In Alumni in Action, William James Jones

Meet William James Jones, Ph.D., 

Clinical Psychology with an emphasis in Depth Psychology (2016)

Once an actor on a Saturday morning sitcom, William left the entertainment industry in order to fulfill his call to help individuals and couples struggling with mental health issues. 

Dr. Jones received his bachelor’s degree in Psychology from Biola University and a master’s degree in Clinical Psychology with an emphasis in Marriage and Family Therapy from Pepperdine University. Then, like so many of us, William happened across Pacifica Graduate Institute.

“It all began with a random conversation I had with a Pacifica alumnus that set my new journey into motion,” Dr. Jones says. “At the time, I was a graduate assistant at another university and was assisting a professor . . . . a graduate of Pacifica’s Ph.D. program in Depth psychology.” Curious about Pacifica, William inquired about the professor’s experience there, then attended a one-day Introduction to Pacifica. And that was it; he “immediately felt a tug in my soul that simply meant; I was home.”

During his time as a student, William thrived, winning the American Psychological Association’s Division 39 Multicultural Scholar Award and serving as President of the Psi Chi International Honor Society at Pepperdine’s Graduate School of Education and Psychology from 2010-2011. 

After completing his Ph.D. in Clinical Psychology with an emphasis in Depth Psychology from Pacifica Graduate Institute, Dr. Jones spent four years training in psychoanalytic ally-oriented therapy at Rose City Counseling Center, a 1 year Postdoctoral Fellowship at Occidental College, and a concluded a 2 year post-doctoral internship at the intersubjective-psychoanalytically oriented La Vie Psychology Group.

Dr. Jones published work in the Journal of Humanistic Psychology on the topic of self-actualization among African American men and co-presented his original research, based on his dissertation (see abstract below) at the Sixth Annual Conference for the Society of Humanistic Psychology. 

From 2018-2020, Dr. Jones has served as adjunct professor at Pepperdine University, Azusa Pacific University, Antioch University, and Pacifica Graduate Institute. Dr. Jones is a member of the American Psychological Association (APA), the APA Division of Psychoanalysis, and the San Gabriel Valley Psychological Association. Dr. Jones recently served on the Board of Directors for Rose City Center, Pasadena and is the founder and C.E.O. of The Jones Psychology Group, Inc, a private practice specializing in integrative depth psychology. Integrative depth psychology and psychotherapy, according to Dr. Jones’s vision, bestows deference to the depth of one’s psyche while tending to the soul of human authenticity and self-actualization.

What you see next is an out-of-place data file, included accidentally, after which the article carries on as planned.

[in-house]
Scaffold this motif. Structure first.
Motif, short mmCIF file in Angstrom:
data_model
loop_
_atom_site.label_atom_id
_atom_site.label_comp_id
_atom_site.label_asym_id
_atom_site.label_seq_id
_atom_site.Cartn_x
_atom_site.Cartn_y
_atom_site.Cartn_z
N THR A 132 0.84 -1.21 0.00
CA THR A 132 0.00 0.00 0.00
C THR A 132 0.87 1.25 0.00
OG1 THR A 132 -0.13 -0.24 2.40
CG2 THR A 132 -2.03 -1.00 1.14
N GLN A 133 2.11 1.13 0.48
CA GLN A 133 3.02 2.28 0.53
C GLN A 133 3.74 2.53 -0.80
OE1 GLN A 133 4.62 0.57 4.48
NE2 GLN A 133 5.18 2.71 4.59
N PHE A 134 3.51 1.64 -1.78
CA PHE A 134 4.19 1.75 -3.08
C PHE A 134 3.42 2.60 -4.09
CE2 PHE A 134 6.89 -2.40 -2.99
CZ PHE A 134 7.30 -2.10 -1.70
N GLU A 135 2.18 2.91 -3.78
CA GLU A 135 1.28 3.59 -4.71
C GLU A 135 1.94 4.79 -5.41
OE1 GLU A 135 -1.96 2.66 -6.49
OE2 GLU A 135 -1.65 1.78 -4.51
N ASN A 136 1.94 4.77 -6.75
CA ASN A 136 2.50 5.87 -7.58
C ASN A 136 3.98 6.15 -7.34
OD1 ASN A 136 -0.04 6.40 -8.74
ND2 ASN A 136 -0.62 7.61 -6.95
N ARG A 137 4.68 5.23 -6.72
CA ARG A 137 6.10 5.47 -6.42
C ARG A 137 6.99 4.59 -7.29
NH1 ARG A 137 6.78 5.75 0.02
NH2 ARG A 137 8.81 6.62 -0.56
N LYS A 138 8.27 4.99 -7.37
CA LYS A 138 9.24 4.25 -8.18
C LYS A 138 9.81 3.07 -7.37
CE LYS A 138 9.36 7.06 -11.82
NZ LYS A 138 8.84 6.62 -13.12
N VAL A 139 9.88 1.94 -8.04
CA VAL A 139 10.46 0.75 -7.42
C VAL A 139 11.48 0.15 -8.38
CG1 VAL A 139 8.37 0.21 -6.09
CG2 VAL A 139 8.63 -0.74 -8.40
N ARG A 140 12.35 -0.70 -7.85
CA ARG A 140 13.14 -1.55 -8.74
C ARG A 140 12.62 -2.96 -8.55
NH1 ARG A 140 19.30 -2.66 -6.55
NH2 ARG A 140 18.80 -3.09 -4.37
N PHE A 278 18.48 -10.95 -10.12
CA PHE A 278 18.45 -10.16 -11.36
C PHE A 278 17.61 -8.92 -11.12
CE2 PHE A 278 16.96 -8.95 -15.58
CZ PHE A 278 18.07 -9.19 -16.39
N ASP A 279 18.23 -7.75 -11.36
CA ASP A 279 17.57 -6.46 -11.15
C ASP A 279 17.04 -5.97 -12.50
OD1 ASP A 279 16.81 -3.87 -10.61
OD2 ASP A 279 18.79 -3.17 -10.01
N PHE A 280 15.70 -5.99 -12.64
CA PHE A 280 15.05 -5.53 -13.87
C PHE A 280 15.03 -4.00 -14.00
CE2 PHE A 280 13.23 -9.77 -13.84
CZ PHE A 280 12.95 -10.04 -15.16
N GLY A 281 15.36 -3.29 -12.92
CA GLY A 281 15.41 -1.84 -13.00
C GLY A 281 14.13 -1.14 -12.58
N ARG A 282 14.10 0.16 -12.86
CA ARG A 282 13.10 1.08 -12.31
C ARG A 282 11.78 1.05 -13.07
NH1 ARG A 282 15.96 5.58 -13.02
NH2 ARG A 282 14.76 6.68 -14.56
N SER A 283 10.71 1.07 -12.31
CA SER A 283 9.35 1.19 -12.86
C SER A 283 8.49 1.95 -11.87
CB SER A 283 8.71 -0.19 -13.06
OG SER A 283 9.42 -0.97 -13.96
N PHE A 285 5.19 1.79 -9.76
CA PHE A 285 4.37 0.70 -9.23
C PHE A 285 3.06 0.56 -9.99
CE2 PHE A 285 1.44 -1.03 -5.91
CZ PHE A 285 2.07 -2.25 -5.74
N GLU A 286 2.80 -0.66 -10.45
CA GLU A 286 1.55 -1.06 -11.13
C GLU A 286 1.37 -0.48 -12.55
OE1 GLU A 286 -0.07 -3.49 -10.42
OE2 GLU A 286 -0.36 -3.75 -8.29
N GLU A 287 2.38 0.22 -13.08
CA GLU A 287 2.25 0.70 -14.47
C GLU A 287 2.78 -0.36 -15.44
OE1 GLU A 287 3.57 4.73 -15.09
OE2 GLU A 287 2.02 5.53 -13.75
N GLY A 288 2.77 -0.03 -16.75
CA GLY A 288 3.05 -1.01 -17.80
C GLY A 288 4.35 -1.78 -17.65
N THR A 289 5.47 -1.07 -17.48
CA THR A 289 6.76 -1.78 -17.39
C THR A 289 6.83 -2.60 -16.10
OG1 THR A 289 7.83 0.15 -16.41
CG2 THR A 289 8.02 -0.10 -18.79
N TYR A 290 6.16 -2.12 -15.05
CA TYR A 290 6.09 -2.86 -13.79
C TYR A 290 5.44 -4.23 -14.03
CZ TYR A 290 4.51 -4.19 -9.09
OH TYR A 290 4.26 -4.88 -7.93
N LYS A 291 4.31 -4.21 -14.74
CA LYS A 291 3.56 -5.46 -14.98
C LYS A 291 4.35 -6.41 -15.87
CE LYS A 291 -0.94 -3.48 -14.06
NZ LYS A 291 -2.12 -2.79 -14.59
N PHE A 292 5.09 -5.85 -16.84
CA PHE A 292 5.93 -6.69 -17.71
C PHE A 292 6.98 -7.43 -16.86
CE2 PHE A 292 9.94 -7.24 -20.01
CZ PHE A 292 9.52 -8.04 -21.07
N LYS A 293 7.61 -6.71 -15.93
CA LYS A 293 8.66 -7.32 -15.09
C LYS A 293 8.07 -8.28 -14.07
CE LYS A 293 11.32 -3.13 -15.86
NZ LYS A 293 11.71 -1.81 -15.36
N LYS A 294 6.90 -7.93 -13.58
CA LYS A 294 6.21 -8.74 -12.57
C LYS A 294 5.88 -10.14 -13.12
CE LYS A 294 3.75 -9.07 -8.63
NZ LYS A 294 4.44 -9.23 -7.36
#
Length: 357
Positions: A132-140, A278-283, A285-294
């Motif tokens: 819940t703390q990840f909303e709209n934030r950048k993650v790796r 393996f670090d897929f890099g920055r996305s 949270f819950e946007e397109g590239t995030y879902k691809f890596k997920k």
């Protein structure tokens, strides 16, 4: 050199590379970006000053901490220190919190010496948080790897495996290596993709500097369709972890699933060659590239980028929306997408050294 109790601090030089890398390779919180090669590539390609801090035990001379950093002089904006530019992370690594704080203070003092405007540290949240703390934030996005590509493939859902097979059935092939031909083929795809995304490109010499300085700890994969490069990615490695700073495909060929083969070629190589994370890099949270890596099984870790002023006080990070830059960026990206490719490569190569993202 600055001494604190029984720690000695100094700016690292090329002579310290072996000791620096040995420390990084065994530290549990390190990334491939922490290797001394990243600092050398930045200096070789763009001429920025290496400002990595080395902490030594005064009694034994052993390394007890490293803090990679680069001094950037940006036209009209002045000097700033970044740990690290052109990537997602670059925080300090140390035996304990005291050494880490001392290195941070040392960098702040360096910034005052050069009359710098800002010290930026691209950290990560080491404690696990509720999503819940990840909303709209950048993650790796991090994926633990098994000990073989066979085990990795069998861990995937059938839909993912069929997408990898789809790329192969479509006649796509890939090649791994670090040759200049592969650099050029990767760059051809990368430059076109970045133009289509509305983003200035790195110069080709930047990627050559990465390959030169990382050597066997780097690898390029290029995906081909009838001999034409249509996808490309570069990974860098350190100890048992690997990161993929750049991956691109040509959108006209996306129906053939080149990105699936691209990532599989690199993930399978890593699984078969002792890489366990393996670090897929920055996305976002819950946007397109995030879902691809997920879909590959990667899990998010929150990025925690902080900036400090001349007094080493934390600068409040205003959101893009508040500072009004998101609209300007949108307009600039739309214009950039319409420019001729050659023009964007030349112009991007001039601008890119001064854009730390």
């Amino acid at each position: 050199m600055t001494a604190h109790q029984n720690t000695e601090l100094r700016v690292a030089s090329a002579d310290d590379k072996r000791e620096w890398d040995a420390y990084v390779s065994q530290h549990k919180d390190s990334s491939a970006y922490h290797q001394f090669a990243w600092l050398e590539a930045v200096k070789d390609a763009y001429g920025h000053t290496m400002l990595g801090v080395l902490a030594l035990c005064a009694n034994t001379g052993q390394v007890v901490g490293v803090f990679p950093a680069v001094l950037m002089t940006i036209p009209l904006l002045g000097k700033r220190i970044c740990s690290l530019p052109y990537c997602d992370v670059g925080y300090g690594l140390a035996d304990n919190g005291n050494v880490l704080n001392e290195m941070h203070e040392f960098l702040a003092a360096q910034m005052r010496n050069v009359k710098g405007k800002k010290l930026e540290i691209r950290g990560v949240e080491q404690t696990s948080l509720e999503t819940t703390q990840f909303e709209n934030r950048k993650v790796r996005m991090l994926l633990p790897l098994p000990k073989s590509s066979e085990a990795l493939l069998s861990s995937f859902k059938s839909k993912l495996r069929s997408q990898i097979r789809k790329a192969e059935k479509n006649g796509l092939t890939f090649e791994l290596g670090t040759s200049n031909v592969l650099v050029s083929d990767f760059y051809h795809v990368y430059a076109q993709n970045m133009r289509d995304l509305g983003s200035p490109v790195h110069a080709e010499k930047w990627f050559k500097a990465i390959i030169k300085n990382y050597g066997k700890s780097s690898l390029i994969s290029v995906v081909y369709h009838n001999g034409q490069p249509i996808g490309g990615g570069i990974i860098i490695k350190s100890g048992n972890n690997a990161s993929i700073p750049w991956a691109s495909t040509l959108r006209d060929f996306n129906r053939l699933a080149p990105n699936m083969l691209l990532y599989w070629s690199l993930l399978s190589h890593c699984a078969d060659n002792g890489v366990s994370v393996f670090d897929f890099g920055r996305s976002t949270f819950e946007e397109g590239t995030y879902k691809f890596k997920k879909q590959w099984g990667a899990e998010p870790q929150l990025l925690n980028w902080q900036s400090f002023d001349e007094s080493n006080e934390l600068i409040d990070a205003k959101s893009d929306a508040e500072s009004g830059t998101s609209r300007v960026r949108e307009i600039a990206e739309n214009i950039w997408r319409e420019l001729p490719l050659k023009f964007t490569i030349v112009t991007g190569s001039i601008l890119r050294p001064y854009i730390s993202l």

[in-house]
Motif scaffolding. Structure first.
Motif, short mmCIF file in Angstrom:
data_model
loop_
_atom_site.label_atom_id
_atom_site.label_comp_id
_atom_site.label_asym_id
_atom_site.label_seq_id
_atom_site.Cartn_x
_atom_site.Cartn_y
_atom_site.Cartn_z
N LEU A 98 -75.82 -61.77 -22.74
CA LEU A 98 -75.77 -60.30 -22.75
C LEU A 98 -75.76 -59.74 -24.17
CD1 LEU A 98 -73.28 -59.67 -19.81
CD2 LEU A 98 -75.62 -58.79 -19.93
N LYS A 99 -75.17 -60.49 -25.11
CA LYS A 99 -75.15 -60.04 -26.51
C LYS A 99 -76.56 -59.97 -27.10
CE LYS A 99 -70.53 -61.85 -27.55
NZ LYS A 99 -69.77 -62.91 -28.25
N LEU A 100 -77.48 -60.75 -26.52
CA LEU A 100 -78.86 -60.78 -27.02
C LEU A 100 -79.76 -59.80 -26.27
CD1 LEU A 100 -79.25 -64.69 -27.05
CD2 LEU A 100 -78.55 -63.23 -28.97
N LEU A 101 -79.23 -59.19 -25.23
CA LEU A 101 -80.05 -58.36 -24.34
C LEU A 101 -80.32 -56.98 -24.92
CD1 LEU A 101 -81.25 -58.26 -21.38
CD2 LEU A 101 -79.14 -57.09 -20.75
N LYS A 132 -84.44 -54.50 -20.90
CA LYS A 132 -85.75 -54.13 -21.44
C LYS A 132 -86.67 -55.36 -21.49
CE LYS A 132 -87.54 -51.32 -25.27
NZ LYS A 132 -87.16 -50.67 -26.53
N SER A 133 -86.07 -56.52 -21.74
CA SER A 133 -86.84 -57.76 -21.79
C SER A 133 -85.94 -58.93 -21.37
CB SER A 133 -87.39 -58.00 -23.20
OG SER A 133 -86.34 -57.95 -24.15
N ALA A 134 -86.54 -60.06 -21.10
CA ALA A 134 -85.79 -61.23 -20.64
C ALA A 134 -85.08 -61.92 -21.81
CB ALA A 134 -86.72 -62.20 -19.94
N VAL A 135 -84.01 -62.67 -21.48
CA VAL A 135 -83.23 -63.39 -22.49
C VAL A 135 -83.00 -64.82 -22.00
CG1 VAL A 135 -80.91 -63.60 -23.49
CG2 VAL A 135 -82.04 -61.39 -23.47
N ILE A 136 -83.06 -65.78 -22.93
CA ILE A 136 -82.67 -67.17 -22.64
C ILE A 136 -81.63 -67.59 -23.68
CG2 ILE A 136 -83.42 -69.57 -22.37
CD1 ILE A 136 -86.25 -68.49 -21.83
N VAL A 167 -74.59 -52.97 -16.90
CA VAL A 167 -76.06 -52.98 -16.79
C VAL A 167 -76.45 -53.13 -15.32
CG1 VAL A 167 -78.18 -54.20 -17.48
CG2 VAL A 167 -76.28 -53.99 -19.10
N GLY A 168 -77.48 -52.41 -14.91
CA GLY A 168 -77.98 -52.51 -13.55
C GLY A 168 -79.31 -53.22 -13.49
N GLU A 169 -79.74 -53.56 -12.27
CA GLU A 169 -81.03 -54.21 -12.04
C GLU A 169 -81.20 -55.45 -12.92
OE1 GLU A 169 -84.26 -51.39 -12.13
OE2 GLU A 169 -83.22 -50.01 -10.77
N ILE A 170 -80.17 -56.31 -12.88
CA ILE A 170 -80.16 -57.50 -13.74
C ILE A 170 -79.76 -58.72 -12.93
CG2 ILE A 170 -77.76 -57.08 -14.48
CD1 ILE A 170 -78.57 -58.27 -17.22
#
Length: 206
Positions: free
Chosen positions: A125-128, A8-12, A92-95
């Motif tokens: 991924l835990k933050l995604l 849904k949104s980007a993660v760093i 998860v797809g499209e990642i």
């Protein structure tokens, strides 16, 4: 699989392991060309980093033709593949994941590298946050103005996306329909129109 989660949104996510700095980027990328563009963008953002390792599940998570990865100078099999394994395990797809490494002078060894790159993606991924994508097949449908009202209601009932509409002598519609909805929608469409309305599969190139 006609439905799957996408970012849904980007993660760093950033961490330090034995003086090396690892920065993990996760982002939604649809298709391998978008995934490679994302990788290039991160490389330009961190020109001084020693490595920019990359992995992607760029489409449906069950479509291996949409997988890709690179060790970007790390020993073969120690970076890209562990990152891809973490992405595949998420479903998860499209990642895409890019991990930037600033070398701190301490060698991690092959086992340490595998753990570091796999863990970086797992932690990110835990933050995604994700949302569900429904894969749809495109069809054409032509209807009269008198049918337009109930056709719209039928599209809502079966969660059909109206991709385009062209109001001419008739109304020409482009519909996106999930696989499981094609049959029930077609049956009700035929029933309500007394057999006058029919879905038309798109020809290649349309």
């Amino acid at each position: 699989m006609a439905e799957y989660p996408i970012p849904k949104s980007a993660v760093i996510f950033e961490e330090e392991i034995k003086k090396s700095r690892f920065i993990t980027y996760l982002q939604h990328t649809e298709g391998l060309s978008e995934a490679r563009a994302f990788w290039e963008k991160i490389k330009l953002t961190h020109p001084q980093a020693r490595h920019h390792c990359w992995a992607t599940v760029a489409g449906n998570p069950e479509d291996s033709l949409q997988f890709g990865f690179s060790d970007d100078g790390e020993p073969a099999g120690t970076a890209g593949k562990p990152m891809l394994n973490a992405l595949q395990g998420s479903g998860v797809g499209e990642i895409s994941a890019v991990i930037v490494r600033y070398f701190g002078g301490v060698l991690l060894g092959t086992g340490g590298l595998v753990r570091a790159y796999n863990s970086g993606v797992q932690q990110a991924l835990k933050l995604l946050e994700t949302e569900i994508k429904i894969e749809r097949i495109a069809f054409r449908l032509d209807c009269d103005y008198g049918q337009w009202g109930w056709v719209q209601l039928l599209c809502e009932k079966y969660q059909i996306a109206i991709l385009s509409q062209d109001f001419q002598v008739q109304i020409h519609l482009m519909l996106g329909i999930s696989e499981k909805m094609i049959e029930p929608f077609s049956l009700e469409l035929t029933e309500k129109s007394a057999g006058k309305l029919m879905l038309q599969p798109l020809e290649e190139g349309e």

We salute Dr. Jones and thank him for his service to our Pacifica community through acting on the board of PGIAA and attending and assisting at so many of our events.  

Abstract

“The Lives of Douglass, Du Bois, and Washington: Self-Actualization Among African American Males,” published November 8, 2017 in the Journal of Humanistic Psychology, by William James Jones, based on dissertation. 

Frederick Douglass, W. E. B. Du Bois, and Booker T. Washington are pioneering examples of African American leaders who realized the fullness of their potentialities despite profound obstacles toward growth. It was through their abilities to respond to the shared needs of the African American community that they culturally epitomized the spirit of what Abraham Maslow defined as self-actualization. The researcher utilized text-based data to examine the process of development among the three historic figures as they relate to Maslow’s theory of self-actualization. The researcher analyzed published autobiographical books, essays, and speeches authored by each of the three men while integrating the cultural and historical context of their lived experiences through the humanistic and positive psychological lens of Maslow’s theory of self-actualization. Through a qualitative autobiographical analysis of the three men, the researcher discovered 15 common attributes in their process of self-actualization. Low self-esteem, depression, and learned helplessness are negatively affecting many aspects of the African American community; therefore, community leaders, mental health practitioners, and other advocates for underserved communities of color have an opportunity to provide enhanced training and treatment to help slow the tide of unrealized potential within key sectors of the African American community.

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